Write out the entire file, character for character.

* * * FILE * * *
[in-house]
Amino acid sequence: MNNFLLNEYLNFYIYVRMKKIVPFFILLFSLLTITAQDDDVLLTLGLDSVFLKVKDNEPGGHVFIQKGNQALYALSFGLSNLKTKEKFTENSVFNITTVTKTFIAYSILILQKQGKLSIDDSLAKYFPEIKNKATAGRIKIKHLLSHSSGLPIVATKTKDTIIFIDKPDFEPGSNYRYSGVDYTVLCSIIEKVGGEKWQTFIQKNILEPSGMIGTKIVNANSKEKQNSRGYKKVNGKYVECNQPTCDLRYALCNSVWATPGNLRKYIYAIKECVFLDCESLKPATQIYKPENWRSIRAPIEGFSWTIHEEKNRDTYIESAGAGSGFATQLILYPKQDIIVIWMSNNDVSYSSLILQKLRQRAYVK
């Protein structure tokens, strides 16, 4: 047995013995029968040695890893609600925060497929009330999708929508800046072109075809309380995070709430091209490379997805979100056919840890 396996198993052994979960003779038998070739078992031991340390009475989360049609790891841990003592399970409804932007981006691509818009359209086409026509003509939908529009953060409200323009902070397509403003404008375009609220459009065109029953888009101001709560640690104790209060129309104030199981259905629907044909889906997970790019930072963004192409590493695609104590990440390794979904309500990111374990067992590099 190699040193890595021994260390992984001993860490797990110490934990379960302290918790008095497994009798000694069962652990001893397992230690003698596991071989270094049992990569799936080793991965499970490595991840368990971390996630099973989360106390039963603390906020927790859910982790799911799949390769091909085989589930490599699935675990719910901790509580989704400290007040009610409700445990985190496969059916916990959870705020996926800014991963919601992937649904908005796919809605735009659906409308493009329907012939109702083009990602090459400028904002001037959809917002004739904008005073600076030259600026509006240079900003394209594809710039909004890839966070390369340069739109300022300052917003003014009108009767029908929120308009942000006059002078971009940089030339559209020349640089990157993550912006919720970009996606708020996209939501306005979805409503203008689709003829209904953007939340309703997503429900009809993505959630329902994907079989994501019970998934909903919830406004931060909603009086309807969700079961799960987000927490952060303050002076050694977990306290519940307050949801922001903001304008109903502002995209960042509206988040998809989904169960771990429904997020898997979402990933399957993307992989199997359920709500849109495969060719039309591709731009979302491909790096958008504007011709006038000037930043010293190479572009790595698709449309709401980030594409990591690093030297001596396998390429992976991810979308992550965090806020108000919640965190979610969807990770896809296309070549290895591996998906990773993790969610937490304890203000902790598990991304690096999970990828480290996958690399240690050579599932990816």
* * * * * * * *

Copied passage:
[in-house]
Amino acid sequence: MNNFLLNEYLNFYIYVRMKKIVPFFILLFSLLTITAQDDDVLLTLGLDSVFLKVKDNEPGGHVFIQKGNQALYALSFGLSNLKTKEKFTENSVFNITTVTKTFIAYSILILQKQGKLSIDDSLAKYFPEIKNKATAGRIKIKHLLSHSSGLPIVATKTKDTIIFIDKPDFEPGSNYRYSGVDYTVLCSIIEKVGGEKWQTFIQKNILEPSGMIGTKIVNANSKEKQNSRGYKKVNGKYVECNQPTCDLRYALCNSVWATPGNLRKYIYAIKECVFLDCESLKPATQIYKPENWRSIRAPIEGFSWTIHEEKNRDTYIESAGAGSGFATQLILYPKQDIIVIWMSNNDVSYSSLILQKLRQRAYVK
């Protein structure tokens, strides 16, 4: 047995013995029968040695890893609600925060497929009330999708929508800046072109075809309380995070709430091209490379997805979100056919840890 396996198993052994979960003779038998070739078992031991340390009475989360049609790891841990003592399970409804932007981006691509818009359209086409026509003509939908529009953060409200323009902070397509403003404008375009609220459009065109029953888009101001709560640690104790209060129309104030199981259905629907044909889906997970790019930072963004192409590493695609104590990440390794979904309500990111374990067992590099 190699040193890595021994260390992984001993860490797990110490934990379960302290918790008095497994009798000694069962652990001893397992230690003698596991071989270094049992990569799936080793991965499970490595991840368990971390996630099973989360106390039963603390906020927790859910982790799911799949390769091909085989589930490599699935675990719910901790509580989704400290007040009610409700445990985190496969059916916990959870705020996926800014991963919601992937649904908005796919809605735009659906409308493009329907012939109702083009990602090459400028904002001037959809917002004739904008005073600076030259600026509006240079900003394209594809710039909004890839966070390369340069739109300022300052917003003014009108009767029908929120308009942000006059002078971009940089030339559209020349640089990157993550912006919720970009996606708020996209939501306005979805409503203008689709003829209904953007939340309703997503429900009809993505959630329902994907079989994501019970998934909903919830406004931060909603009086309807969700079961799960987000927490952060303050002076050694977990306290519940307050949801922001903001304008109903502002995209960042509206988040998809989904169960771990429904997020898997979402990933399957993307992989199997359920709500849109495969060719039309591709731009979302491909790096958008504007011709006038000037930043010293190479572009790595698709449309709401980030594409990591690093030297001596396998390429992976991810979308992550965090806020108000919640965190979610969807990770896809296309070549290895591996998906990773993790969610937490304890203000902790598990991304690096999970990828480290996958690399240690050579599932990816």